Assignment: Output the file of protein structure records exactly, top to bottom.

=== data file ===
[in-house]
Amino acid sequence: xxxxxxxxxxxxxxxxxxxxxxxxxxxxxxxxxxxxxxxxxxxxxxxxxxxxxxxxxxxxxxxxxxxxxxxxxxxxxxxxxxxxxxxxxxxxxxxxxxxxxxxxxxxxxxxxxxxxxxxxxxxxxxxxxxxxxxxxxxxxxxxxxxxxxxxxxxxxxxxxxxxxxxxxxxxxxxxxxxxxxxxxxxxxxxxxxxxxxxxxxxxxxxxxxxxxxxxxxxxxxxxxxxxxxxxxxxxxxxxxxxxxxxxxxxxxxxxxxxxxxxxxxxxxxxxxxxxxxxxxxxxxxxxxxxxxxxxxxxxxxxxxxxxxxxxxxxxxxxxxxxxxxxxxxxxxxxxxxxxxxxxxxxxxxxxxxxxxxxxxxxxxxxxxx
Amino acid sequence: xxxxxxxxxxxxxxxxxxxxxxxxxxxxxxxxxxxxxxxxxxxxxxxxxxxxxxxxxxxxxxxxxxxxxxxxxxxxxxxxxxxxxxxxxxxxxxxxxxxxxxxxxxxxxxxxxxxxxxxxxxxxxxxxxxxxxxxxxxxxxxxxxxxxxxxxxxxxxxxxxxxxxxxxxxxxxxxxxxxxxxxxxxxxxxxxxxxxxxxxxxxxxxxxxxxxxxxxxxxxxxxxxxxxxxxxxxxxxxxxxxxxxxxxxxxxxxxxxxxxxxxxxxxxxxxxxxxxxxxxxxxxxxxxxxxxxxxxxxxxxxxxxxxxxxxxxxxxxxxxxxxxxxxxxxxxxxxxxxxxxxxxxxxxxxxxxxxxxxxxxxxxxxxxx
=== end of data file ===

[in-house]
Amino acid sequence: xxxxxxxxxxxxxxxxxxxxxxxxxxxxxxxxxxxxxxxxxxxxxxxxxxxxxxxxxxxxxxxxxxxxxxxxxxxxxxxxxxxxxxxxxxxxxxxxxxxxxxxxxxxxxxxxxxxxxxxxxxxxxxxxxxxxxxxxxxxxxxxxxxxxxxxxxxxxxxxxxxxxxxxxxxxxxxxxxxxxxxxxxxxxxxxxxxxxxxxxxxxxxxxxxxxxxxxxxxxxxxxxxxxxxxxxxxxxxxxxxxxxxxxxxxxxxxxxxxxxxxxxxxxxxxxxxxxxxxxxxxxxxxxxxxxxxxxxxxxxxxxxxxxxxxxxxxxxxxxxxxxxxxxxxxxxxxxxxxxxxxxxxxxxxxxxxxxxxxxxxxxxxxxxx
Amino acid sequence: xxxxxxxxxxxxxxxxxxxxxxxxxxxxxxxxxxxxxxxxxxxxxxxxxxxxxxxxxxxxxxxxxxxxxxxxxxxxxxxxxxxxxxxxxxxxxxxxxxxxxxxxxxxxxxxxxxxxxxxxxxxxxxxxxxxxxxxxxxxxxxxxxxxxxxxxxxxxxxxxxxxxxxxxxxxxxxxxxxxxxxxxxxxxxxxxxxxxxxxxxxxxxxxxxxxxxxxxxxxxxxxxxxxxxxxxxxxxxxxxxxxxxxxxxxxxxxxxxxxxxxxxxxxxxxxxxxxxxxxxxxxxxxxxxxxxxxxxxxxxxxxxxxxxxxxxxxxxxxxxxxxxxxxxxxxxxxxxxxxxxxxxxxxxxxxxxxxxxxxxxxxxxxxxx